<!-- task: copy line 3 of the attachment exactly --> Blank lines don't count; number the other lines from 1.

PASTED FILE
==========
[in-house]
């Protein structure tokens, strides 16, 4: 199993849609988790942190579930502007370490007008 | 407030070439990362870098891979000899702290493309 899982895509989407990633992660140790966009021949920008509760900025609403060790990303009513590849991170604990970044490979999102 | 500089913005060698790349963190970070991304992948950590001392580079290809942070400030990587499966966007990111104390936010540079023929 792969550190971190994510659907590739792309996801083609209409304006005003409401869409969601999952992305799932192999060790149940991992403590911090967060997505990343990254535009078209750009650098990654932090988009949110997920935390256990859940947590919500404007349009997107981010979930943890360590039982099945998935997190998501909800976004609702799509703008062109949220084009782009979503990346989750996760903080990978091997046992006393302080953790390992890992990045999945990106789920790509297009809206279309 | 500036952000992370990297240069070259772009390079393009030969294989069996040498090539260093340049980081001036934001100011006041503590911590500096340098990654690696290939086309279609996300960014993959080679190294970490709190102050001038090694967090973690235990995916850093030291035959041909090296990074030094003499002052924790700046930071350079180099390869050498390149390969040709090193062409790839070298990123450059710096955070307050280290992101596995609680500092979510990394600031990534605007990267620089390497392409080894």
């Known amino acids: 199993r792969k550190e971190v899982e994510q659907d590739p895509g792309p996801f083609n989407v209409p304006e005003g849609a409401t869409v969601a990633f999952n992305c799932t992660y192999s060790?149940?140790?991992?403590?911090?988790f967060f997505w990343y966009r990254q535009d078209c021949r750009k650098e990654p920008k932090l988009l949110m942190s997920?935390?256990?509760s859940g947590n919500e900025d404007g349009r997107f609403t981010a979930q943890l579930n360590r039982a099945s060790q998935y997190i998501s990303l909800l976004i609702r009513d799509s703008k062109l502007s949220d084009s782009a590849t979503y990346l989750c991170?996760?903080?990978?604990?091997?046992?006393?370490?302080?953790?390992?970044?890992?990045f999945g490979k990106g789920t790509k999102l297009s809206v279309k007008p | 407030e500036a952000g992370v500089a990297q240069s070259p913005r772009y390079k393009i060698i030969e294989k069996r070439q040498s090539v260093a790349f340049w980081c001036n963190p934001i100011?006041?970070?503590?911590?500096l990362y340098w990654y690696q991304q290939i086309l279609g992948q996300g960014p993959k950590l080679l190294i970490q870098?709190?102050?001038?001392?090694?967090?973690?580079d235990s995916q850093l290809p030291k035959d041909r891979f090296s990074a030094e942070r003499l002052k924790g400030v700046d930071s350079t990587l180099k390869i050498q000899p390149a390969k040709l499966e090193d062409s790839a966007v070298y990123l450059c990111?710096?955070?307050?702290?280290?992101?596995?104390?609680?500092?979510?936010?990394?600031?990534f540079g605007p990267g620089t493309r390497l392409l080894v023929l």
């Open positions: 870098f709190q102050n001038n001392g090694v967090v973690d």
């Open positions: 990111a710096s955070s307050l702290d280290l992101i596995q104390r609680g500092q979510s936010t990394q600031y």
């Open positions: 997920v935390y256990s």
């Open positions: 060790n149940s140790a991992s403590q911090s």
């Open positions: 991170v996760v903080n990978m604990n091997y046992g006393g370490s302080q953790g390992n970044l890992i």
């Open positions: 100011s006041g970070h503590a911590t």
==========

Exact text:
């Known amino acids: 199993r792969k550190e971190v899982e994510q659907d590739p895509g792309p996801f083609n989407v209409p304006e005003g849609a409401t869409v969601a990633f999952n992305c799932t992660y192999s060790?149940?140790?991992?403590?911090?988790f967060f997505w990343y966009r990254q535009d078209c021949r750009k650098e990654p920008k932090l988009l949110m942190s997920?935390?256990?509760s859940g947590n919500e900025d404007g349009r997107f609403t981010a979930q943890l579930n360590r039982a099945s060790q998935y997190i998501s990303l909800l976004i609702r009513d799509s703008k062109l502007s949220d084009s782009a590849t979503y990346l989750c991170?996760?903080?990978?604990?091997?046992?006393?370490?302080?953790?390992?970044?890992?990045f999945g490979k990106g789920t790509k999102l297009s809206v279309k007008p | 407030e500036a952000g992370v500089a990297q240069s070259p913005r772009y390079k393009i060698i030969e294989k069996r070439q040498s090539v260093a790349f340049w980081c001036n963190p934001i100011?006041?970070?503590?911590?500096l990362y340098w990654y690696q991304q290939i086309l279609g992948q996300g960014p993959k950590l080679l190294i970490q870098?709190?102050?001038?001392?090694?967090?973690?580079d235990s995916q850093l290809p030291k035959d041909r891979f090296s990074a030094e942070r003499l002052k924790g400030v700046d930071s350079t990587l180099k390869i050498q000899p390149a390969k040709l499966e090193d062409s790839a966007v070298y990123l450059c990111?710096?955070?307050?702290?280290?992101?596995?104390?609680?500092?979510?936010?990394?600031?990534f540079g605007p990267g620089t493309r390497l392409l080894v023929l």